As he believes our global influence is predicated on a large population and economic strength, Yglesias argues that we should enact policies aimed at increasing both. It’s important to note that the richness and strength of a country for Yglesias is understood in purely empirical, statistical terms; concepts like “GDP” make Yglesias salivate; ‘one billion Americans’ is so appealing because it’s quantifiable, a “big, round, number,” as he himself points out with only a little self-awareness. With such a quantitative, scientistic bias, it follows that mass immigration, coupled with a managed economy to direct government investment and broaden welfare programs, is just what the doctor ordered.
He makes the same tired pitch: immigration is necessary for an aging welfare state that requires a young and enlarged tax base.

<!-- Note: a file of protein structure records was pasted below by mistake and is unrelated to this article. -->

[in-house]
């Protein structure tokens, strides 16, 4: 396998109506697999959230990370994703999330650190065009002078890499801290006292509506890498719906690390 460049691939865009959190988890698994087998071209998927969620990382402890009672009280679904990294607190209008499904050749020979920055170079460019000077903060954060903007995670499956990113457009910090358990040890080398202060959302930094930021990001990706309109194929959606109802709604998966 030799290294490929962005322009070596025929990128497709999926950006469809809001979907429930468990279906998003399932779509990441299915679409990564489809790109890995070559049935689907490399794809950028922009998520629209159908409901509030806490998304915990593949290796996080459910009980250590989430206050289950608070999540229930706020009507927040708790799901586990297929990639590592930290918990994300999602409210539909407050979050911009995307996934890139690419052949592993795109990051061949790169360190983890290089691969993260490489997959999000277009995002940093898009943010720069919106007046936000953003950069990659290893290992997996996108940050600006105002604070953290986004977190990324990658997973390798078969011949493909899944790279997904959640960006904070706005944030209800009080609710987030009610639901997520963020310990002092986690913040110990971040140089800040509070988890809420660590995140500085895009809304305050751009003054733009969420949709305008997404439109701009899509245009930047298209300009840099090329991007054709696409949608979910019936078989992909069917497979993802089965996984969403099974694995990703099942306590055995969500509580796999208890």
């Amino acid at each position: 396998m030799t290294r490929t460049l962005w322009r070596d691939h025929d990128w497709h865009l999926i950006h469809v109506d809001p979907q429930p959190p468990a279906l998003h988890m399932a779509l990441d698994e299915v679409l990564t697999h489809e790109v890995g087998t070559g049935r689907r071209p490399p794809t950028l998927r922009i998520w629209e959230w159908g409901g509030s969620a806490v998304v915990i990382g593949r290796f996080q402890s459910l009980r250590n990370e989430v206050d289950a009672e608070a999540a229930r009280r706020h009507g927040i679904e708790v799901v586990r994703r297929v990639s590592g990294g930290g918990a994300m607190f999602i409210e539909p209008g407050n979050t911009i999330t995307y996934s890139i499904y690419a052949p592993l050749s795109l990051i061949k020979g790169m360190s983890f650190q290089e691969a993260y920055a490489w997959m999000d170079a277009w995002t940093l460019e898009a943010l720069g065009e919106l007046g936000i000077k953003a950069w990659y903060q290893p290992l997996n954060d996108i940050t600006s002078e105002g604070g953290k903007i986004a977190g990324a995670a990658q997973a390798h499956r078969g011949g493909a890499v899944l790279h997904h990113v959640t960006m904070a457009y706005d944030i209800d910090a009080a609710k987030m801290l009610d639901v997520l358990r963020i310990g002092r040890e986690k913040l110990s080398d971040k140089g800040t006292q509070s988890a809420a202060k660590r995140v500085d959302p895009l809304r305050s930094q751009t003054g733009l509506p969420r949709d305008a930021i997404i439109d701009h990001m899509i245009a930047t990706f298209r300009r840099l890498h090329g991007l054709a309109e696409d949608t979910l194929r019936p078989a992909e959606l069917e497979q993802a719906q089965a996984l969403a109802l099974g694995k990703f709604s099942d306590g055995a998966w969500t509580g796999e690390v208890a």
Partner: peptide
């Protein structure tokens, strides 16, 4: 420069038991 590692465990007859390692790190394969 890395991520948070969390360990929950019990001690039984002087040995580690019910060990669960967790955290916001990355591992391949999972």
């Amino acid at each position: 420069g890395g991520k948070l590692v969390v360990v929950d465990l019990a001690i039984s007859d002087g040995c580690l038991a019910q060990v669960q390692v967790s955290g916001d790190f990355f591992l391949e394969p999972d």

This brand of thinking is typical of the post-Clinton center-left, with their embrace of quasi-neoliberal economics and global free trade, mediated by government regulation, all masked by a veneer of commitment to the working class. Domestic policies regarding industry and commerce tend to prioritize GDP, stock indices, and currency strength, while foreign policy favors foreign entanglements, both military and economic. Humans, meanwhile, are viewed as fungible economic agents, and if their community is robbed of its industrial base, they’re free to just move. Purpose, autonomy, cultural commitment, and so on, are all reconciled with cheap consumer goods manufactured by outsourced labor and a subsistence wage subsidized by the State. Yglesias simply takes this political tradition a step further.